2022: 2 Baker Parade, Ashburton
Open 10:00 to 5:00
Deco meets Mid-Century
The 1930s original home and 1950s styling of the recent rear home extension both came from periods where informality was becoming more favoured over order. Gardens of the eras employed variation and interest in plantings, plant structure, and generally a clear independent distinction between the main elements and shapes. This garden’s design reflects this philosophy refraining to be completely ordered and linear, enhanced by being a little unpredictable, curvaceous, inviting and naturalistic in its layout.
In order to successfully merge and connect the front, rear and side gardens, the front garden primarily features classic English and Asian styled trees and shrubs of the original home’s era but laid out in a more organic and juxtaposed format to complement the 1950s style being adapted to the rear and side gardens. This delicate balance in respecting with integrity the two architectural periods whilst also creating synergy has been achieved by gently morphing the garden styling, plant palette and placements. This becomes more amplified as you progress through the property where more exotic and highly architectural species and structural elements (akin to the 1950s era) are gradually introduced as you get closer to the rear garden and new home addition.
With the house facing north and quite open to the west the introduction of shade was vital to cool the home and outdoor living areas through use of shade canopy trees. Deciduous forms including Ginkgo, Maples and Magnolias were introduced and strategically located to provide cover in the warmer months while also offering views to their beautiful autumnal tones and maximising crucial winter sunlight in the cooler periods.
A sunny rear garden that already featured a range of hard surfaces including granite pavers, ceramic pool tiles, timber decking and wall cladding post the pool and home builder’s scope of works desperately required garden beds to be introduced wherever possible to further soften the area and reduce glare. The insertion of beds cut into both levels of the decking whose shape mimicked that of the “stepped” archway on the front porch not only satisfies the need for greenery and some colour but also discretely incorporates a key design element of the original home to the rear garden giving a greater connection and some genuine interest.
A key part to the garden’s success is the long garden bed that runs along the rear of the property parallel to the new pool. Being in full view upon entry into the home, not only did it need to reflect the more modern styling of the 1950’s slated for the rear garden, but it also importantly had to ensure a visual connection that complemented the front garden’s styling to maintain the overall harmonious feel. The opportunity was seized to create something more spectacular where the taller plantings are a varied, contrasting coloured group of evergreen and deciduous upright species that comprise Elaeocarpus Reticulatis (Blueberry Ash), Ginkgo “Fastigiata”, Magnolia “Alta” and golden Pencil Pine; whilst the lower plantings of Dwarf Japanese Pines, Rhaphiolepis, Euphorbias, Asparagus Meyerii (Foxtail Fern), Nandina “Lemon Lime” and Zamia Furfuracea (Cardboard Plant) provide an eclectic mix of shapes, foliages and colours which also mirror some of the species selected throughout the property.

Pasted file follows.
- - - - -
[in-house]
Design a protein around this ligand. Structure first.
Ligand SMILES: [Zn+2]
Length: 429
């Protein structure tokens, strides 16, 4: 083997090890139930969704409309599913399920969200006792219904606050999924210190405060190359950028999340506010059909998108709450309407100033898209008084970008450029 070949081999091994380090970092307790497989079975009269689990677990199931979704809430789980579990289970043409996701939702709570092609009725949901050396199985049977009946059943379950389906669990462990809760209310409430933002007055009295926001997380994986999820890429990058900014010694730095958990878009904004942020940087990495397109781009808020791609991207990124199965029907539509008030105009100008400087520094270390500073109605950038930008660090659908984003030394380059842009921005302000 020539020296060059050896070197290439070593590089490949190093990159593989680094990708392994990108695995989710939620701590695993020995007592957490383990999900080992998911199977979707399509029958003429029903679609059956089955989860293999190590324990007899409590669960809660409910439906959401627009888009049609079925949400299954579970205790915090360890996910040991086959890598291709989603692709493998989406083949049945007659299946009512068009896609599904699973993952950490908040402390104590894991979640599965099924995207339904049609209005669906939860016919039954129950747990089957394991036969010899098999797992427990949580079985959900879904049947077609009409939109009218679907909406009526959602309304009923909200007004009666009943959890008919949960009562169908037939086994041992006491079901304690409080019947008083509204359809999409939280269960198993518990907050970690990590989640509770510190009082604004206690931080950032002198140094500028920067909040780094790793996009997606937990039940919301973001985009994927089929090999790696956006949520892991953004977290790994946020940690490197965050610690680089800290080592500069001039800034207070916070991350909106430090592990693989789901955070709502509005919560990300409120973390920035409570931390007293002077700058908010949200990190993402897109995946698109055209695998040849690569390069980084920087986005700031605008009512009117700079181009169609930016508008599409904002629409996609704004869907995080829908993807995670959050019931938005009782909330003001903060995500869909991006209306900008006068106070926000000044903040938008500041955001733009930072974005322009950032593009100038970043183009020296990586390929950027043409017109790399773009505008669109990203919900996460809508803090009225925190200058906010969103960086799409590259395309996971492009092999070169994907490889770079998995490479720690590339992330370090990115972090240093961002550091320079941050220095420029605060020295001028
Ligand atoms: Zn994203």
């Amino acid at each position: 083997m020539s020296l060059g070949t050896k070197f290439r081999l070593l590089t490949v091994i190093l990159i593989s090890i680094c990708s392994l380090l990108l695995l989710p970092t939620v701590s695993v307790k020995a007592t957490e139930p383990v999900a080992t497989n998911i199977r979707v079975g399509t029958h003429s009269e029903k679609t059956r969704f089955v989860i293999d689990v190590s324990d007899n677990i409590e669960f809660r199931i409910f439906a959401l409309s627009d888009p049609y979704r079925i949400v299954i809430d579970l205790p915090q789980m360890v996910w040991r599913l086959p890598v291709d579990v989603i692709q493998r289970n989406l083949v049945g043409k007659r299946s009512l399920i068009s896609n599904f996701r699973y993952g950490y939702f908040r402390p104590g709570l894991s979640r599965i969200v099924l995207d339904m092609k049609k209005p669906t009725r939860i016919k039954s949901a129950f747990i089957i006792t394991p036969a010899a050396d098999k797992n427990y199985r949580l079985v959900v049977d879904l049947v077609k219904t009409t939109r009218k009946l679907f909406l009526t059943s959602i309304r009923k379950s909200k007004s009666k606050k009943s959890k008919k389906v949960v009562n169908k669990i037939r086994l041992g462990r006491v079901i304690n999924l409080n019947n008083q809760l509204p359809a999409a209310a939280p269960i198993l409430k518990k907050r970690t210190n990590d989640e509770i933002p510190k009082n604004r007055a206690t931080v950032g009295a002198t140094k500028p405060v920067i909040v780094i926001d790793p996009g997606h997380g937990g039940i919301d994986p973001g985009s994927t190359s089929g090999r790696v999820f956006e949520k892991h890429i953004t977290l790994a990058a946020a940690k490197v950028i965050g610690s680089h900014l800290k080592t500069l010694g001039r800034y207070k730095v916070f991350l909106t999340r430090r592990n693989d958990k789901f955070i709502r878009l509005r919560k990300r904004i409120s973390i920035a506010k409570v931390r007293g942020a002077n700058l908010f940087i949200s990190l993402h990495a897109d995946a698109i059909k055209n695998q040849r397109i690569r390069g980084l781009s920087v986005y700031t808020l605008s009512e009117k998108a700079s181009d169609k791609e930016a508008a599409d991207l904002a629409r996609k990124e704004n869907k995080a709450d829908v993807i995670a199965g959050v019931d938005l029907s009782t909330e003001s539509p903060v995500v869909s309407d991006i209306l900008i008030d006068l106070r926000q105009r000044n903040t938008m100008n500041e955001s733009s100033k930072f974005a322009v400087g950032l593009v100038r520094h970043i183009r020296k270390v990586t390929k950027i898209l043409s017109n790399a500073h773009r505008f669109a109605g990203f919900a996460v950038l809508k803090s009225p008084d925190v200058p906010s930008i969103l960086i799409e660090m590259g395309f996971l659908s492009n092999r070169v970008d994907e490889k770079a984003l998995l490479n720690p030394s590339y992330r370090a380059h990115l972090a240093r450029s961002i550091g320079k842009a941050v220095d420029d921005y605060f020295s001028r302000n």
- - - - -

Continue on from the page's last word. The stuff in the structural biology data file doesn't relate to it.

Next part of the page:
The outdoor space is now a series of garden rooms that allure you to look, explore and enjoy; each catering to very different family needs but importantly still all feel as one.
The front garden offers a warm and authentic welcome chiefly aided by its new grand (but unpretentious) bluestone stepped entry from street giving the home a new sense of strength and presence to its surroundings whilst softened by the curved beds and undulating grassed mounds. The rear garden is now a generous and diverse place of interconnecting dining and entertaining areas including in-ground pool that offers a place for various family activities and occasions, each neatly defined by changes in floor levels. The side garden once a driveway is now an interesting, intimate and serene place for contemplation featuring a meandering organic stone stepper path with naturalistic plantings framed by the canopy of a majestic “Full Moon” Maple which additionally even includes a place to home harvest within the randomly located raised steel circular beds. A thoughtfully placed and highly visible Japanese-styled feature garden encased by the home on three sides bridges the old house to the new offering a tranquil transition that can now be admired via large floor to ceiling windows in the primary living rooms of lounge, kitchen and dining; while finally a lush secret garden now surrounds the en-suite bathroom providing a special and relaxing outlook to the space containing many interesting and textural elements.